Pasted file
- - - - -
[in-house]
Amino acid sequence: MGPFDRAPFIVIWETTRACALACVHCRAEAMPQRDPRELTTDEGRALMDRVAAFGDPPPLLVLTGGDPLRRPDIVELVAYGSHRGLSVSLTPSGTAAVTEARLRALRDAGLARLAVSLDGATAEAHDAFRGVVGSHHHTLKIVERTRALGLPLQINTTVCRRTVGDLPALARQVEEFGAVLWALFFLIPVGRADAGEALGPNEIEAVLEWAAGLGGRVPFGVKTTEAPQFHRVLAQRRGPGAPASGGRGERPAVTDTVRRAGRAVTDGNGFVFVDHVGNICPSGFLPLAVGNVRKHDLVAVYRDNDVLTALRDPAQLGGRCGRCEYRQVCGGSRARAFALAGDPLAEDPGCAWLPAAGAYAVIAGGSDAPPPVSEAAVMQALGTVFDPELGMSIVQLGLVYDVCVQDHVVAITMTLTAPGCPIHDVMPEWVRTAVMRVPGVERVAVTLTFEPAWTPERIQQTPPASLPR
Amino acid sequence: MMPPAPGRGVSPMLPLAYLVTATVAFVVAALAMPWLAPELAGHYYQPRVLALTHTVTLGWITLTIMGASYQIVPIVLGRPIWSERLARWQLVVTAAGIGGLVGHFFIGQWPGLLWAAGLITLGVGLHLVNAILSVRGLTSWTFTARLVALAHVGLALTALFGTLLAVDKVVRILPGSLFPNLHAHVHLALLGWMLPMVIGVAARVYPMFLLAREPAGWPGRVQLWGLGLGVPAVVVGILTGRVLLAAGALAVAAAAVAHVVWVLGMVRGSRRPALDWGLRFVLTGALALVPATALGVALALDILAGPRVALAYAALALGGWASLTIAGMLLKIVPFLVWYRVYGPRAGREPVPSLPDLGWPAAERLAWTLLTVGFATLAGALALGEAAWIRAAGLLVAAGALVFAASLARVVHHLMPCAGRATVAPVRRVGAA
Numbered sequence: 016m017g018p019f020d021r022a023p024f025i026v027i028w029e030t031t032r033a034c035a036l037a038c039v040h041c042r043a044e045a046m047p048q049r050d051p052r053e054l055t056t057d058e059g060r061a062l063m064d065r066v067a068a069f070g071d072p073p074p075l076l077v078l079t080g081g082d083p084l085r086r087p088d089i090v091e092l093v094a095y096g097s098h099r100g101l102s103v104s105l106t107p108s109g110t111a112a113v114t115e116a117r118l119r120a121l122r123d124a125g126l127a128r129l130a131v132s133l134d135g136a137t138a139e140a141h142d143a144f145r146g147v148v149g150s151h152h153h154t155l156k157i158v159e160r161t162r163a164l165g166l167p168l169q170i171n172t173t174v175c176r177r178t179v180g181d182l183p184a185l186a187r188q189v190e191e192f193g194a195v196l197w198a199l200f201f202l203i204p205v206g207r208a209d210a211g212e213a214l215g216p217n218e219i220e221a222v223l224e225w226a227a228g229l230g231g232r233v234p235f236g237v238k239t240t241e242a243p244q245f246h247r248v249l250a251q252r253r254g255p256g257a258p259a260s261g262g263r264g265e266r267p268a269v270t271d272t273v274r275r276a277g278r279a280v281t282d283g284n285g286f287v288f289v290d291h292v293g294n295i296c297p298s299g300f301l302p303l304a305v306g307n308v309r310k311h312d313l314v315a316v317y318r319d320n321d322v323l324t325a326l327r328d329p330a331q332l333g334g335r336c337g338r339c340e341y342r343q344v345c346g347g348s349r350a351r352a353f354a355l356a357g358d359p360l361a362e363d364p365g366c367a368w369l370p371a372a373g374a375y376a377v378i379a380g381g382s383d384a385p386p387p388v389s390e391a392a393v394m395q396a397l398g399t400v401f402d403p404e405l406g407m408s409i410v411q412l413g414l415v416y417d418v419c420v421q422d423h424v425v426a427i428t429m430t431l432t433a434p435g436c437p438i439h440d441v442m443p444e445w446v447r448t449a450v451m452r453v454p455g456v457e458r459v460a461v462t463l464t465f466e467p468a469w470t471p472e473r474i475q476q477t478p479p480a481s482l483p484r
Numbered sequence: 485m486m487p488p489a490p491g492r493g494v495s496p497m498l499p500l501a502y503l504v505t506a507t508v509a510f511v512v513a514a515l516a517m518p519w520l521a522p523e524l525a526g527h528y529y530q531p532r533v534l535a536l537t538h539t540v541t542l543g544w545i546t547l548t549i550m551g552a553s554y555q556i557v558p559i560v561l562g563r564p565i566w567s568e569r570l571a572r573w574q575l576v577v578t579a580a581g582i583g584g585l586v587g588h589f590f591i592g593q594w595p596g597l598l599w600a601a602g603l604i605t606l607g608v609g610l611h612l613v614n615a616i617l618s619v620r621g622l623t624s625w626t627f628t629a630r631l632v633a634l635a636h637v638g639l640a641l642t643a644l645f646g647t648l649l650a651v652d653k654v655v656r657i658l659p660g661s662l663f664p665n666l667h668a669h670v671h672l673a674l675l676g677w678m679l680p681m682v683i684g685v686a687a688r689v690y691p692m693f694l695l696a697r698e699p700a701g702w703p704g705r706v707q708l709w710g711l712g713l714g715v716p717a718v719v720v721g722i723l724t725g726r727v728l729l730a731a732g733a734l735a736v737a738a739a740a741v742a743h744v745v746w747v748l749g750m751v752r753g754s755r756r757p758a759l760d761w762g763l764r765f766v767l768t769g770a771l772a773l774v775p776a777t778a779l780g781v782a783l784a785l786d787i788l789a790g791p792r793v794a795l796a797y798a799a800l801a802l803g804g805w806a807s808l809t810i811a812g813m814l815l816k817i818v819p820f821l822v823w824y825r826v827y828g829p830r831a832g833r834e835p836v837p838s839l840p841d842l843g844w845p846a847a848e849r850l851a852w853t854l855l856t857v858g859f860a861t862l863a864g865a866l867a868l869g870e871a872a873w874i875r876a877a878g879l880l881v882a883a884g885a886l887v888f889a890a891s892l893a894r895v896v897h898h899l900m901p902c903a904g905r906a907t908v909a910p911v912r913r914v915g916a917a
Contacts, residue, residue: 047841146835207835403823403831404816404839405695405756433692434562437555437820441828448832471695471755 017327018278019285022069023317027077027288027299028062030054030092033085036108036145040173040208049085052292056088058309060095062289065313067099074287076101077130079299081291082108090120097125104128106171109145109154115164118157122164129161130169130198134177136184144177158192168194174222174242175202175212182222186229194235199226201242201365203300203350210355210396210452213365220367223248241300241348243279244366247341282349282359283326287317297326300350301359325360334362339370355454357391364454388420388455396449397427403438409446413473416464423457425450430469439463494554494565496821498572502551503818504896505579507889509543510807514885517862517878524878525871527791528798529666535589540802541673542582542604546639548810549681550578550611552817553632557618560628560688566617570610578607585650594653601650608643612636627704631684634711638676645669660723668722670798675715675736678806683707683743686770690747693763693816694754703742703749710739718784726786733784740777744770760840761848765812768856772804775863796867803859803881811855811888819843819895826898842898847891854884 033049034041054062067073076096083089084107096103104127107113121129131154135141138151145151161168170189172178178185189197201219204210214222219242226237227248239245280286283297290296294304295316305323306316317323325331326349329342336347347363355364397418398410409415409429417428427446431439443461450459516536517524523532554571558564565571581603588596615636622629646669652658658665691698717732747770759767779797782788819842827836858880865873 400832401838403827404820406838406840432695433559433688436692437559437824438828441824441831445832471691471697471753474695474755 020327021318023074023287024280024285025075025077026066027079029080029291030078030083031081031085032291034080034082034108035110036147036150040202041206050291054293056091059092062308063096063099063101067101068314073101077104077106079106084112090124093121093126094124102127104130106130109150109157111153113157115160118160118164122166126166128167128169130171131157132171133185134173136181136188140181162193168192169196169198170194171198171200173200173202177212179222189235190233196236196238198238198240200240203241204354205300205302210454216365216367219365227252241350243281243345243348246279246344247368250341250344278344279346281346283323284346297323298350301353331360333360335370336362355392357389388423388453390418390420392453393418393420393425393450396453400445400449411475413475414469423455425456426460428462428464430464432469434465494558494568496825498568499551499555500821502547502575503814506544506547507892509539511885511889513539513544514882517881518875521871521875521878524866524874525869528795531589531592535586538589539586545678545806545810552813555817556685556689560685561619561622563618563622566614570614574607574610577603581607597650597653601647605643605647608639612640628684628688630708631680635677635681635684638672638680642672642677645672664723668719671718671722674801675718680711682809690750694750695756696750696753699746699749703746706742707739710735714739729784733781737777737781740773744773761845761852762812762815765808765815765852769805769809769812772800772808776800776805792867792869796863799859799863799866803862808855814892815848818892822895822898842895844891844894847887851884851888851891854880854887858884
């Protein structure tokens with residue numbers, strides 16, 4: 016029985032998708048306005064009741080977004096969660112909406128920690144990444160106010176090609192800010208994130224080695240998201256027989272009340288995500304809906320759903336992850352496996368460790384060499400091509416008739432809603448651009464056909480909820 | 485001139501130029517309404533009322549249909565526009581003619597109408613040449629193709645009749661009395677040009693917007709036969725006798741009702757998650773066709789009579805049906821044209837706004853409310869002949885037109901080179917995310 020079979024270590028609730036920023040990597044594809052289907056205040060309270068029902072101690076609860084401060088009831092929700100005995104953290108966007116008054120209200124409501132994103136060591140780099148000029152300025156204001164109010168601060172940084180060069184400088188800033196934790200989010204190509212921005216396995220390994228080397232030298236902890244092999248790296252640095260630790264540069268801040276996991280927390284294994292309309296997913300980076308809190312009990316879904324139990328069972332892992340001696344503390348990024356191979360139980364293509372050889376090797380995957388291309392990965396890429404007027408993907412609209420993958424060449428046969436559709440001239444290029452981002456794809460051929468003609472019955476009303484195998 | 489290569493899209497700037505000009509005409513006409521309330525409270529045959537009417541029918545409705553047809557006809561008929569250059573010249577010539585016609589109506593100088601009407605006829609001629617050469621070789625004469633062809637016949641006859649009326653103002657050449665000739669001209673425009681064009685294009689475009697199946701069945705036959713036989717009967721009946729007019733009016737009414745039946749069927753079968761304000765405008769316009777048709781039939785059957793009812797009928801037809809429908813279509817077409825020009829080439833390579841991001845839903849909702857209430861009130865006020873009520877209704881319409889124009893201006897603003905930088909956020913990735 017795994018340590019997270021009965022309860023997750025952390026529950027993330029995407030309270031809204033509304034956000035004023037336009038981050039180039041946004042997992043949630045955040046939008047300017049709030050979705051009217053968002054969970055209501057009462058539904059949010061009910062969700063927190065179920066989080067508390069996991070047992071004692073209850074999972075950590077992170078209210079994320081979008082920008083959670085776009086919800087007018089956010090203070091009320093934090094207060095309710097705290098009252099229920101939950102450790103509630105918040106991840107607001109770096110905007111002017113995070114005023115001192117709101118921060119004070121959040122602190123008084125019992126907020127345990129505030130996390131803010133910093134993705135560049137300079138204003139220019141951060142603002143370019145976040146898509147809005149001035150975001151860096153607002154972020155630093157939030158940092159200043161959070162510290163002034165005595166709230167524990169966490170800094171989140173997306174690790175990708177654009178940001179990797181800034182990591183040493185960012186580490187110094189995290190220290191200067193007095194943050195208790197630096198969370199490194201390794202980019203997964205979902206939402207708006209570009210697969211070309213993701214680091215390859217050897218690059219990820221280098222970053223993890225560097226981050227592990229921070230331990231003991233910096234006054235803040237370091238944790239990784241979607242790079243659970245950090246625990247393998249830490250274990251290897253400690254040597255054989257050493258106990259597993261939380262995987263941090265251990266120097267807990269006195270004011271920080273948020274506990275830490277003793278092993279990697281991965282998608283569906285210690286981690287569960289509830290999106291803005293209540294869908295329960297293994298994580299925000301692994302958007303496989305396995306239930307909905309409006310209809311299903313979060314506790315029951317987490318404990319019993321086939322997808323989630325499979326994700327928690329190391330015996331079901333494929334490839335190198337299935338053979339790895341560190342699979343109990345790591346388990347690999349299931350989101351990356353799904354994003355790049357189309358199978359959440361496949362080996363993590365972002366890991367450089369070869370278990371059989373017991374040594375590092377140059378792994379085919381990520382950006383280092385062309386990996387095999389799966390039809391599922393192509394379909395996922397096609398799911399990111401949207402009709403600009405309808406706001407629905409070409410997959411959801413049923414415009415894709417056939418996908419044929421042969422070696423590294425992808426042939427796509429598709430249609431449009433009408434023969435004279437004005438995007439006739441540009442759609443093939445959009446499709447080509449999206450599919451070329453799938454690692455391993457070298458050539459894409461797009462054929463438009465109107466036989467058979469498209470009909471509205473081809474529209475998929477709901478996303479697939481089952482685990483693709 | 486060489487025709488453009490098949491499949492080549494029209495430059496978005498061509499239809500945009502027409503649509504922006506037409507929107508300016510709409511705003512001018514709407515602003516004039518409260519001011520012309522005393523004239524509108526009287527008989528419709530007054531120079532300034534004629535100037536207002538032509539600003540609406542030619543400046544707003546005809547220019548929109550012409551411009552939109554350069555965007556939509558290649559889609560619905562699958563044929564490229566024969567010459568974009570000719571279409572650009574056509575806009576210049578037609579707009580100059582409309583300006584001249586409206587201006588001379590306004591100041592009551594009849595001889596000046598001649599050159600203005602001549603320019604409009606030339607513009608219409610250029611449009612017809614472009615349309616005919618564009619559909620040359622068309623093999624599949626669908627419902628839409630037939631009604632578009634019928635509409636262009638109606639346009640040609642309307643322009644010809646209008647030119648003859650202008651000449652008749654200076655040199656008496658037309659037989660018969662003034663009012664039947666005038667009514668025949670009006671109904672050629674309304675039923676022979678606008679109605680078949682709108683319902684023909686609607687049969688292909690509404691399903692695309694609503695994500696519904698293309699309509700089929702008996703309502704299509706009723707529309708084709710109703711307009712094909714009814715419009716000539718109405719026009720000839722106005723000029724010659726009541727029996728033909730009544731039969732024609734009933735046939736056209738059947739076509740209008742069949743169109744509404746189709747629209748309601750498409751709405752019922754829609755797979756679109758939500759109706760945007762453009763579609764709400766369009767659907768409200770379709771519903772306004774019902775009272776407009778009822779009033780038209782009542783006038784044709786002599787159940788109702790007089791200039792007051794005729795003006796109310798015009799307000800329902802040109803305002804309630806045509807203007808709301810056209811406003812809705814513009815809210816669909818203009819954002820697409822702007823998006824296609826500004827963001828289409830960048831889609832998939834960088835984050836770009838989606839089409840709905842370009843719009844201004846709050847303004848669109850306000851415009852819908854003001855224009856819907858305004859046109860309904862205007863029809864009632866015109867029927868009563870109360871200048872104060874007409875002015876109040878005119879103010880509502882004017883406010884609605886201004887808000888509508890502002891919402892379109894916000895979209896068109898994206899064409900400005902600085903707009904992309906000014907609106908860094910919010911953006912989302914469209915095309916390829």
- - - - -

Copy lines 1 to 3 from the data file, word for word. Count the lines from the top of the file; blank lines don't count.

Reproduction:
[in-house]
Amino acid sequence: MGPFDRAPFIVIWETTRACALACVHCRAEAMPQRDPRELTTDEGRALMDRVAAFGDPPPLLVLTGGDPLRRPDIVELVAYGSHRGLSVSLTPSGTAAVTEARLRALRDAGLARLAVSLDGATAEAHDAFRGVVGSHHHTLKIVERTRALGLPLQINTTVCRRTVGDLPALARQVEEFGAVLWALFFLIPVGRADAGEALGPNEIEAVLEWAAGLGGRVPFGVKTTEAPQFHRVLAQRRGPGAPASGGRGERPAVTDTVRRAGRAVTDGNGFVFVDHVGNICPSGFLPLAVGNVRKHDLVAVYRDNDVLTALRDPAQLGGRCGRCEYRQVCGGSRARAFALAGDPLAEDPGCAWLPAAGAYAVIAGGSDAPPPVSEAAVMQALGTVFDPELGMSIVQLGLVYDVCVQDHVVAITMTLTAPGCPIHDVMPEWVRTAVMRVPGVERVAVTLTFEPAWTPERIQQTPPASLPR
Amino acid sequence: MMPPAPGRGVSPMLPLAYLVTATVAFVVAALAMPWLAPELAGHYYQPRVLALTHTVTLGWITLTIMGASYQIVPIVLGRPIWSERLARWQLVVTAAGIGGLVGHFFIGQWPGLLWAAGLITLGVGLHLVNAILSVRGLTSWTFTARLVALAHVGLALTALFGTLLAVDKVVRILPGSLFPNLHAHVHLALLGWMLPMVIGVAARVYPMFLLAREPAGWPGRVQLWGLGLGVPAVVVGILTGRVLLAAGALAVAAAAVAHVVWVLGMVRGSRRPALDWGLRFVLTGALALVPATALGVALALDILAGPRVALAYAALALGGWASLTIAGMLLKIVPFLVWYRVYGPRAGREPVPSLPDLGWPAAERLAWTLLTVGFATLAGALALGEAAWIRAAGLLVAAGALVFAASLARVVHHLMPCAGRATVAPVRRVGAA